People ask Kris and me all the time about how we’re able to travel full time (at our age.)
Usually the people who ask us are living some variation of what used to be called “The American Dream”– a good job, a home in the suburbs, two cars, and a membership in the country club. That’s a life not too unlike the one we used to have. Sometimes the question even takes on a belligerent tone–ala a recent accusation from someone who said we were wasting our lives on trivialities, like travel, instead of accomplishing things.
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Whether you consider getting to know the world and many of the people in it “accomplishing things” or not, we figure that we accomplished plenty when we were young. We had a successful business and we raised two exceptional children.
We're not done accomplishing things. They're just different things. I impulsively went back to the University of Minnesota to study Latin when I was 49, so I guess I have a rather wide view of what accomplishment means. (There's probably nothing so useless in this world as advanced studies in Latin, but at least I can read the inscriptions in the European churches.)
But my father once said to me–only somewhat facetiously–that the happiest day of his life was the day the last kid left and the dog died. That, maybe unconsciously, is what we’d been waiting for. Kids and dogs, while wonderful, are legitimate anchors. Some families travel full time with their children, but that wasn’t for us. We also had a business. It’s a lot harder to uproot a business than kids.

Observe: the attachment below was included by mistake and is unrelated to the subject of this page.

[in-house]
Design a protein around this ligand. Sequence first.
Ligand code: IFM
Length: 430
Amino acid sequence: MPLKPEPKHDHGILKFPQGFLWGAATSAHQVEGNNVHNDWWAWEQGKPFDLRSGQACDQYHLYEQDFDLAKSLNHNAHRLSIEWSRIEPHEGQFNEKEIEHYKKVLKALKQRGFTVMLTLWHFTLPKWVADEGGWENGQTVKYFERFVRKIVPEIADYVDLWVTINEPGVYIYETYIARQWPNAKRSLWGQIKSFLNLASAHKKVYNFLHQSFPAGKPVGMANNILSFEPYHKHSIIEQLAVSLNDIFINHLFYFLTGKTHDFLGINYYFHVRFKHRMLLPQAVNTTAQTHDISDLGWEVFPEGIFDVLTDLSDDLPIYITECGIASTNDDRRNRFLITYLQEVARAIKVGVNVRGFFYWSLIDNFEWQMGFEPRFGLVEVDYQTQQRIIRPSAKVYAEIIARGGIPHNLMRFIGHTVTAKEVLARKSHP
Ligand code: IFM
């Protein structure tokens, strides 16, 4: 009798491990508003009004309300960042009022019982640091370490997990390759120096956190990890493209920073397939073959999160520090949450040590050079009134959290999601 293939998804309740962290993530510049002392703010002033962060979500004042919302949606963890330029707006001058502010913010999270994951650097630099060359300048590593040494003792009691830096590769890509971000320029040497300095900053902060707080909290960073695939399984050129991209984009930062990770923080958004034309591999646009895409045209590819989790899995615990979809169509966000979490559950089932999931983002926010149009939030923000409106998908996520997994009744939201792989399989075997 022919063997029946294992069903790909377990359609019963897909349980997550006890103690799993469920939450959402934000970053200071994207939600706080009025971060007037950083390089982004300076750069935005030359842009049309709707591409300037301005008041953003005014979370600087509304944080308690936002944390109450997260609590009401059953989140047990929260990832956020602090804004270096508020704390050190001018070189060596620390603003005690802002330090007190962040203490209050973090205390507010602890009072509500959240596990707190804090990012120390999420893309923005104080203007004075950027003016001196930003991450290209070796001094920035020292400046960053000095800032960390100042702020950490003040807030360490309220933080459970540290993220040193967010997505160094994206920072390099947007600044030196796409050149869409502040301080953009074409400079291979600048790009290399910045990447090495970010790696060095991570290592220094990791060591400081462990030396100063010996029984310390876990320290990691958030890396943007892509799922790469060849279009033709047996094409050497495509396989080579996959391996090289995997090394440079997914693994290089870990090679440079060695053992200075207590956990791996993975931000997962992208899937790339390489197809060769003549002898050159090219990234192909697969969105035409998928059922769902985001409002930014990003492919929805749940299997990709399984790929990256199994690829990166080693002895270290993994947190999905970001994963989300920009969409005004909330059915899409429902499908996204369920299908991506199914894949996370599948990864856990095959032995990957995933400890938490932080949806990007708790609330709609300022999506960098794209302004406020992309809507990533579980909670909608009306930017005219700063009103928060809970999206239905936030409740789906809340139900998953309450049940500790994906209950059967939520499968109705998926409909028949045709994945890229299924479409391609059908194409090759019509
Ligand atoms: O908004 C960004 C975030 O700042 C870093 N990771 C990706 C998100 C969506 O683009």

But by 2010, we’d closed our last business, our kids had grown, graduated from college and left home, and one of them had taken the dog (at our insistence.)
So, we still had the large home, a house full of furniture, and three cars. The country club had been abandoned long ago when I realized I didn’t really like golf enough to spend all that time on it.
The question is not, “How are you able to travel full time?”
The question is, “Would you rather schlep a small bag or two to 70 or so countries in the next few years, or be comfortably ensconced in your living room with all your stuff watching the world go by on television?”
If you answered that question like we did, then the next logical query is: “Do you know a good real estate agent?” We did. Within three months, the house and everything in it was gone.
We’ve learned that traveling at our age–baby boomer travel, senior travel, whatever you want to call it–has its advantages. And accomplishments.
Here are some of my thoughts on the particular advantages of “senior” travel:
1. You can go where you want and skip what you want. If you don’t want to go to the famous museum, you don’t have to. If you’d rather eat a hamburger instead of the local cuisine, go ahead. It’s your life; live it like you want.
2. You know that a good museum or gallery is more interesting than a beach. You can go to the beach later in the day. Sunsets are nice there. Probably nicer than the gallery.
3. You don’t have to stay in the cheapest place. Hey, you can stay in a hostel if you want, but wasn’t the point of working for all those years getting to take some time and enjoy yourself? Get a soft bed and take it easy. Some days, instead of forcing yourself to see one more cathedral, stay in the room and read a book. Order room service. And the main advantage of a hotel over a hostel? You don’t have to go down the hall to the bathroom.